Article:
Table of Contents

HK J Paediatr (New Series)
Vol 6. No. 2, 2001

HK J Paediatr (New Series) 2001;6:131

Proceedings of The First Current Topic in Infectious Diseases

Overview of Conjugate Pneumococcal Vaccine: Serotype Coverage, Efficacy and Status of Usage in other Countries

Samson SY Wong


HK J Paediatr (new series) 2001;6:127-132

Proceedings of The First Current Topic in Infectious Diseases: Consensus Meeting on Conjugate Vaccines of the Center of Infection
Faculty of Medicine, The University of Hong Kong (Selected Abstracts)

Streptococcus pneumoniae remains a major cause of morbidity and mortality even in the developed countries. It is one of the commonest causes of community-acquired pneumonia, bacteraemia, meningitis, acute otitis media, sinusitis, and postsplenectomy sepsis.6 Currently available vaccines target the polysaccharide capsule, whose antiphagocytic property is a major virulence factor. Of the 90 described capsular types, the 23 commonest types are included in the polysaccharide vaccine, which provides coverage against 80% to 90% of bacteraemic isolates.7,8 The polysaccharides, however, are poorly immunogenic in children less than two years of age that are most susceptible to invasive pneumococcal infections. Pneumococcal polysaccharides are therefore conjugated to proteins to improve their immunogenicity in young children and infants. A heptavalent conjugate pneumococcal vaccine was licensed in 2000 in the United States, which contains serotypes 4, 6B, 9V, 14, 18C, 19F, and 23F. CRM197, a non-toxic variant of diphtheria toxin, is used as the protein conjugate. These seven serotypes accounted for 86% of bacteraemia, 83% of meningitis, and 65% of acute otitis media in children less than six years of age in the United States. In a randomized, double-blinded clinical trial in which ~37,000 children were recruited, the heptavalent vaccine is ~100% effective in preventing invasive pneumococcal infections caused by vaccine serotypes and 89% against all serotypes. There is a 7.0%-22.8% reduction in the incidence of otitis media and a 5.3% reduction in antibiotic use in the vaccinees. The vaccine is presently licensed for use in infants older than six weeks and is given at two, four, six months, with a booster dose at 12-15 months. It is recommended for children less than 23 months old; for children aged 24-59 months, it should be considered for those who are predisposed to severe pneumococcal disease. A 40%-50% reduction in nasopharyngeal pneumococcal carriage of vaccine serotypes is found in field trials of a 9-valent conjugate vaccine.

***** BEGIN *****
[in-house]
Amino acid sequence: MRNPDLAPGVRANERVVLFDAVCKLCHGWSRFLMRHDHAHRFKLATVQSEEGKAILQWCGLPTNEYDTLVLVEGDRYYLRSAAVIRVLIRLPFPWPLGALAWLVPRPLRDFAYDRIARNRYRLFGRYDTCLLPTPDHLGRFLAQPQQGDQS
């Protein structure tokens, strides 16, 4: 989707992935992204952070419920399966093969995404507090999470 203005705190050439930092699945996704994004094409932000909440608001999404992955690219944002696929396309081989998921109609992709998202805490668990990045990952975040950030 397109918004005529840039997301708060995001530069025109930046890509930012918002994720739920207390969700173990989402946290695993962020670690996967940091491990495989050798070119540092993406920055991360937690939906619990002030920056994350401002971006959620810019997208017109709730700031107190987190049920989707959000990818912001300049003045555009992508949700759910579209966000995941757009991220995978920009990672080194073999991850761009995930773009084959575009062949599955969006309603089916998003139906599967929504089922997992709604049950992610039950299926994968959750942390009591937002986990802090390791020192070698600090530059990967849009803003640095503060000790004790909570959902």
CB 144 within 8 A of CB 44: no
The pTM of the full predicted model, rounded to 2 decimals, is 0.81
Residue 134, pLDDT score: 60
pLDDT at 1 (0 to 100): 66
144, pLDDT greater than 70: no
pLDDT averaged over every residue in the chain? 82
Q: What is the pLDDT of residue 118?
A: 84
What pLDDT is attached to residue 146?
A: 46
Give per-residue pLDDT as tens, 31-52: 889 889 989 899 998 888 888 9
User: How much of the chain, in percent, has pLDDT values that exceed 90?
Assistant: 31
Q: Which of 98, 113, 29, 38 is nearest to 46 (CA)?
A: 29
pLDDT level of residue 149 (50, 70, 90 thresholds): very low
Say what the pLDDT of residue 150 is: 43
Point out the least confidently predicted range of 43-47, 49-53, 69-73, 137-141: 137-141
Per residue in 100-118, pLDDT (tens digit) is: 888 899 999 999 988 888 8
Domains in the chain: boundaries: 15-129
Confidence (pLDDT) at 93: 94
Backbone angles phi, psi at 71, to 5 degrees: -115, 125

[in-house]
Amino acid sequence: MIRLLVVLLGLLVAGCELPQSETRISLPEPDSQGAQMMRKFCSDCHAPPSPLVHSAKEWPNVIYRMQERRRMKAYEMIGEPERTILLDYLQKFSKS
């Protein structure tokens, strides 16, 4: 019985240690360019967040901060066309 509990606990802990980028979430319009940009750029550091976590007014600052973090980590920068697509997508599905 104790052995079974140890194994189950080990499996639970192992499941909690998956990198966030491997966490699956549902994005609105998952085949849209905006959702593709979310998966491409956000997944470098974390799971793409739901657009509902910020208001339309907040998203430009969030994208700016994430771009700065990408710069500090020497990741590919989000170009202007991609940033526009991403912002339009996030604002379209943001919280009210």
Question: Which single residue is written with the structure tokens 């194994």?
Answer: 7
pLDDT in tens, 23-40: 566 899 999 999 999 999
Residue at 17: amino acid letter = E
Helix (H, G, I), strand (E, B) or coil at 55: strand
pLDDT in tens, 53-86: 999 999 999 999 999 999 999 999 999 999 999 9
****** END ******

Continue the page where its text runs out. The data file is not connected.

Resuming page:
Method and Process of Consensus Building

The consensus meeting on Consensus meeting on conjugate vaccines was held on February 17, 2001, as the first current topic in infectious diseases that was organized by the Centre of Infection, the University of Hong Kong. A panel of experts from the fields of Internal Medicine, Clinical Microbiology, Internal Medicine, Paediatrics and Public Health were provided with the latest scientific papers1-8 and were invited to speak and discuss on various aspects concerning the topic.

After the formal presentation, panel discussion was held. All speakers, invited discussants from various aspects of the medical fields and audiences actively participated in the discussion with further elaboration on issues around S. pneumoniae and H. influenzae disease burden, antimicrobial resistance and conjugate vaccine.

Finally, conclusions were drawn on the basis of the current scientific information and views expressed by the panel and other participants. Drafts in progress and final copies of the manuscript were distributed to panel for comments before submission for publication.


Consensus Panel Members

Daniel CS Chiu, Pediatrician in private practice
Susan SS Chiu, Assistant Professor, Department of Paediatrics, The University of Hong Kong
CB Chow, Consultant, Department of Paediatrics, Princess Margaret Hospital
PL Ho, Associate Professor, Department of Microbiology, The University of Hong Kong
YL Lau, Chair Professor in Paediatrics, Department of Paediatrics, The University of Hong Kong
CW Leung, Consultant, Department of Paediatrics, Princess Margaret Hospital
Dominic NC Tsang, Consultant, Department of Clinical Pathology, Queen Elizabeth Hospital
Kenneth WT Tsang, Associate Professor, Department of Medicine, University of Hong Kong.
Thomas HF Tsang, Community Physician, Department of Health
Samson SY Wong, Assistant Professor, Department of Microbiology, University of Hong Kong.
YH Yang, Professor, Beijing Children's Hospital, Beijing